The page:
T. went off to the NICU with her, after they gave me a quick glimpse of an angry red face with a lot of dark hair. My friend Dana came in while they sewed me up. They broke the rules for us--normally they only allow one person in the room with you the whole time. Dana couldn't stand it and peeked over the curtain to see what it looked like, then looked down at me and said, "now we have to always stay friends, because I've seen your insides". After they were done, they took me into the recovery room, where my mother waited for me. Someone came in then and gave us the news: Peanut was breathing on her own after needing a little oxygen for a few minutes (like many babies born by c-section, they have fluid in their breathing passages that didn't get squeezed out as in a natural birth, so they are a little congested). She looked "fine", and they couldn't see anything life-threatening at that time. I was too out of it to demand the radiologist come in and explain to me right then and there what the hell happened. I acquiesed to getting the med for my blood pressure, and I don't remember much else that happened for the next 24 hours, except threatening to get up and walk out of the recovery room as soon as I could feel my feet to see her if they weren't going to let me go see her, which they weren't. My condition was very dangerous, and my blood pressure wasn't coming down fast enough. I demanded to go, saying that if they thought it was high now...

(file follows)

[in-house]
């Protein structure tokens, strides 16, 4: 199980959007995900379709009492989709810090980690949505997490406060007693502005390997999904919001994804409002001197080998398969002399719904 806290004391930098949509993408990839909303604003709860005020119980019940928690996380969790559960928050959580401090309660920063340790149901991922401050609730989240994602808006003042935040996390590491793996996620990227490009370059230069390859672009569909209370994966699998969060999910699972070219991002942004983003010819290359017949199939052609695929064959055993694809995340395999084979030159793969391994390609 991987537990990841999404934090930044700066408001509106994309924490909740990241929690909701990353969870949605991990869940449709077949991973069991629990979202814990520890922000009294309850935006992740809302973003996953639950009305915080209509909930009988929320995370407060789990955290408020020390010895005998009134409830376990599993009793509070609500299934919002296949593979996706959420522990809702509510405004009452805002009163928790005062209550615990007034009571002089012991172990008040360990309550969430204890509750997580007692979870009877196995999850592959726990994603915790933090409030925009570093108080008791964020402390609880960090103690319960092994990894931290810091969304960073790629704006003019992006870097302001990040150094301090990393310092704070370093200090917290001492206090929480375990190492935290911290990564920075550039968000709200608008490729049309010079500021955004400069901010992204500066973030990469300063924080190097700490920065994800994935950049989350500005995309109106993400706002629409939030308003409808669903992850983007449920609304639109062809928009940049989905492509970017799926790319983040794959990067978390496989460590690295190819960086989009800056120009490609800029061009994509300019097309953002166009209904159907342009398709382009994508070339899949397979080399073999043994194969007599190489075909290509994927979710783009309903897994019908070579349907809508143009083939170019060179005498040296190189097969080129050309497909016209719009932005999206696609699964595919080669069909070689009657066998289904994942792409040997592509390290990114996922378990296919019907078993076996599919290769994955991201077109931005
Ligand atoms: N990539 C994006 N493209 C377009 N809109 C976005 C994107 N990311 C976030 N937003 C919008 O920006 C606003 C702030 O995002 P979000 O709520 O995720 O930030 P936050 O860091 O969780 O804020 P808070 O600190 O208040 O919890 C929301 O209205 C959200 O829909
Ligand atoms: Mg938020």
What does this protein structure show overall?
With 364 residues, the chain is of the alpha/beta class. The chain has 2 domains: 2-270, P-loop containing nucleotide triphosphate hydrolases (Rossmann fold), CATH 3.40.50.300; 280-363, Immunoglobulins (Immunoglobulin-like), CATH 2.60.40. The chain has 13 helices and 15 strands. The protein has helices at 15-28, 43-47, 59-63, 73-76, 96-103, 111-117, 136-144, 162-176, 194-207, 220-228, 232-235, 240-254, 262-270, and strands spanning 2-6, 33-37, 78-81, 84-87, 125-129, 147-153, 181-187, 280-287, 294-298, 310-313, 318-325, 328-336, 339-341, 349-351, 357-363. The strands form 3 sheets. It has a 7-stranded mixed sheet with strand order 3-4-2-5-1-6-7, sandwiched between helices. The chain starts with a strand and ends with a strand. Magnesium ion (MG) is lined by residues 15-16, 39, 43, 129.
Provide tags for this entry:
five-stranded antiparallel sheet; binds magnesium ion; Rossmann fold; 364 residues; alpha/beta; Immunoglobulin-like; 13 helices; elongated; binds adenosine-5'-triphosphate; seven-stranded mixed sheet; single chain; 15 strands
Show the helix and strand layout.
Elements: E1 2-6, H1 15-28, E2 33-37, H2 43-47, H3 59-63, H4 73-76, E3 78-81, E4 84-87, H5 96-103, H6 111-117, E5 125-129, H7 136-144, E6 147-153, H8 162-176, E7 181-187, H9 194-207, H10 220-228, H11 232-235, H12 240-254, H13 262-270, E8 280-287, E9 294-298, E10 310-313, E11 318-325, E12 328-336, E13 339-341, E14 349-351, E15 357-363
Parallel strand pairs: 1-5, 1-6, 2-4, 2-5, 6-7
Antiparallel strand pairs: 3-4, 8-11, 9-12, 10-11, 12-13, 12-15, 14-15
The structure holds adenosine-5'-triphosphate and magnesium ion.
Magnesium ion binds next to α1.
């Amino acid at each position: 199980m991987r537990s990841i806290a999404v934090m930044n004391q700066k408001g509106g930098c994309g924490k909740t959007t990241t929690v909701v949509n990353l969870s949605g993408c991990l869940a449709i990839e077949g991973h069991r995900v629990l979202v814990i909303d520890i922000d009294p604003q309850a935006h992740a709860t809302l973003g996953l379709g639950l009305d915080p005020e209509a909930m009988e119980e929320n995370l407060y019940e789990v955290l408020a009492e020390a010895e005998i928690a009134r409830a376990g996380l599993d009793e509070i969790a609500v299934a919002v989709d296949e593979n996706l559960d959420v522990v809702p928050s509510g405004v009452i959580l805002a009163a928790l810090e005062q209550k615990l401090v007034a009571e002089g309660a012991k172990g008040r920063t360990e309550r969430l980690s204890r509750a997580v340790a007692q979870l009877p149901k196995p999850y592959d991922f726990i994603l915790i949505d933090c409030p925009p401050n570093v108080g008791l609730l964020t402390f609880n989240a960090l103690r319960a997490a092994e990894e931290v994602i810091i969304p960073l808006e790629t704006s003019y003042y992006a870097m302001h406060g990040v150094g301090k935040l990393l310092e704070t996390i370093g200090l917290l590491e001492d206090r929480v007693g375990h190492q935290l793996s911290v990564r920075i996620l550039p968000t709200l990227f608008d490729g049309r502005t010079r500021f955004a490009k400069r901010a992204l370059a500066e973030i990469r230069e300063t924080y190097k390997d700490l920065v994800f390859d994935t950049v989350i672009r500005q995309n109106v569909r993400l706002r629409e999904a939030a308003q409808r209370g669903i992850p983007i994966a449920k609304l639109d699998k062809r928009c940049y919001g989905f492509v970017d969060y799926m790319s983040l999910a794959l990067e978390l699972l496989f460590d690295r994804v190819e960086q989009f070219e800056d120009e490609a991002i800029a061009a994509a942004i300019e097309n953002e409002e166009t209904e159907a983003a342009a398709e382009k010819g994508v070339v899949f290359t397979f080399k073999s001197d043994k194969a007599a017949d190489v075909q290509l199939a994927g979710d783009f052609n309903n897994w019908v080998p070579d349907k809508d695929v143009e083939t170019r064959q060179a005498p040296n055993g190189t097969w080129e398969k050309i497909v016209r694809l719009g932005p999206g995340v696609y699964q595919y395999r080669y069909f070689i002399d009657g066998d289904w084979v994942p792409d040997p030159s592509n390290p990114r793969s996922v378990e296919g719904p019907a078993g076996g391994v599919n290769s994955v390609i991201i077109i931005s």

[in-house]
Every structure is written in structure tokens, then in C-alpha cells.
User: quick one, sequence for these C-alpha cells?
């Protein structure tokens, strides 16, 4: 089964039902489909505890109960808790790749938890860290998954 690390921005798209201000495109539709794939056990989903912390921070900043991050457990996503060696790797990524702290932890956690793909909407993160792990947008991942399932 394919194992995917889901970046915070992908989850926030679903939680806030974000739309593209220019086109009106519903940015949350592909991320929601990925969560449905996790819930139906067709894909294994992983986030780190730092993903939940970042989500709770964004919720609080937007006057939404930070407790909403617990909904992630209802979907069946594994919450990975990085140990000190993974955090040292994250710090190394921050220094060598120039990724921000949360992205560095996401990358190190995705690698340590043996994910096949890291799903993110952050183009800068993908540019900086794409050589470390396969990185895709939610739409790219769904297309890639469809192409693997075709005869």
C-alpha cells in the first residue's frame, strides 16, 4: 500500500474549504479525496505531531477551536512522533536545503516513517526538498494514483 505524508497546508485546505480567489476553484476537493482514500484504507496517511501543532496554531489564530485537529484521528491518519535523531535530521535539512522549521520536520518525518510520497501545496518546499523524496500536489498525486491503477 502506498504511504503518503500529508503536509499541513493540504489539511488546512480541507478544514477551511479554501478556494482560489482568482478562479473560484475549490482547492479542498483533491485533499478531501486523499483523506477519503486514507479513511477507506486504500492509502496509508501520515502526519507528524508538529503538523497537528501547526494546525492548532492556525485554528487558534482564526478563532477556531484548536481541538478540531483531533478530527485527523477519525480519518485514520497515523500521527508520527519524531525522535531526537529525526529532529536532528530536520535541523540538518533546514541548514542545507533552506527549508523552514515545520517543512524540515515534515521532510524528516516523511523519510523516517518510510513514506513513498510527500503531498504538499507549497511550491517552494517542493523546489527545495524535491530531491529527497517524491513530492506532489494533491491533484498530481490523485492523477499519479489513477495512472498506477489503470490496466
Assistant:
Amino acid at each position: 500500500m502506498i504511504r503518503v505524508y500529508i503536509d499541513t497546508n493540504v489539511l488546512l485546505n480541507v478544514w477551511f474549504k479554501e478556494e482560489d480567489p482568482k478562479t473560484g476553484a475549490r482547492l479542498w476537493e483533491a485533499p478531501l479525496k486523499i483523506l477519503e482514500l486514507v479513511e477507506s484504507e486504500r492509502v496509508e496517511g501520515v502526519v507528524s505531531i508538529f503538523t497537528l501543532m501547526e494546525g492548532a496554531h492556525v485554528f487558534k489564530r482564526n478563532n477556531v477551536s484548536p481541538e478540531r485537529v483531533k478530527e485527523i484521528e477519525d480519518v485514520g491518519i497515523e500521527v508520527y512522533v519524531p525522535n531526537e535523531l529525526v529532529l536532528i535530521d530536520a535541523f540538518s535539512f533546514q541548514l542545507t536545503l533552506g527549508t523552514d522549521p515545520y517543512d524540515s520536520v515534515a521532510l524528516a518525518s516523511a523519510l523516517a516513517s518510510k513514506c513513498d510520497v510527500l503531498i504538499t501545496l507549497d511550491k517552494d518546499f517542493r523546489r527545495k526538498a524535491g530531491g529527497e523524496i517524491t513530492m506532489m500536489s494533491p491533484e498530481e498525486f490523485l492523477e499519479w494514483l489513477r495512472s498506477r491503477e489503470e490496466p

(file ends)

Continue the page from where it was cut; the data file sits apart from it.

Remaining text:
They wheeled me in on a gurney and I got to look at her for a full minute before they took me away. I didn't notice her legs or anything other than her face. I couldn't believe she was real, that there really had been a tiny person living inside of me that was now out and *breathing*. I still have to watch for her breaths, or touch her, to make sure she is still taking those breaths, while she sleeps and I have no idea when that's going to end. I got to hold her for the first time the next day. She weight four pounds, thirteen ounces at birth, and the next day was four pounds, seven ounces. She was eighteen inches long, and her head was 35 centimeters around (why they never translate that measurement into inches, I don't know). At some point, the doctors pronounced her having arthrogryposis, and that's it. Oh, and a blocked tear duct. No one could explain to us the discrepency between what was seen on the ultrasound, and what she actually was born with, and no one has yet.

If you are still reading this, I am impressed. Tomorrow we are having a little birthday party for her with our friends from the mother/baby group. Her granddaddy is in town from Atlanta too. I'll write some more tomorrow on what she is like now--wonderful, of course, but in what specific ways.


elswhere said...

I'm still reading. Couldn't tear myself away. I am in awe of you and T. and Peanut.

Jen said...

Please tell Peanut happy birthday for us!! We can't wait to get up and see you all has been too long.

Anonymous said...

Peanut is miraculous and adorable. In the immortal words of John Madden, she's sumpthin' special. (But I mean it more than Madden does.)

Carlos, halfway down in Brooklyn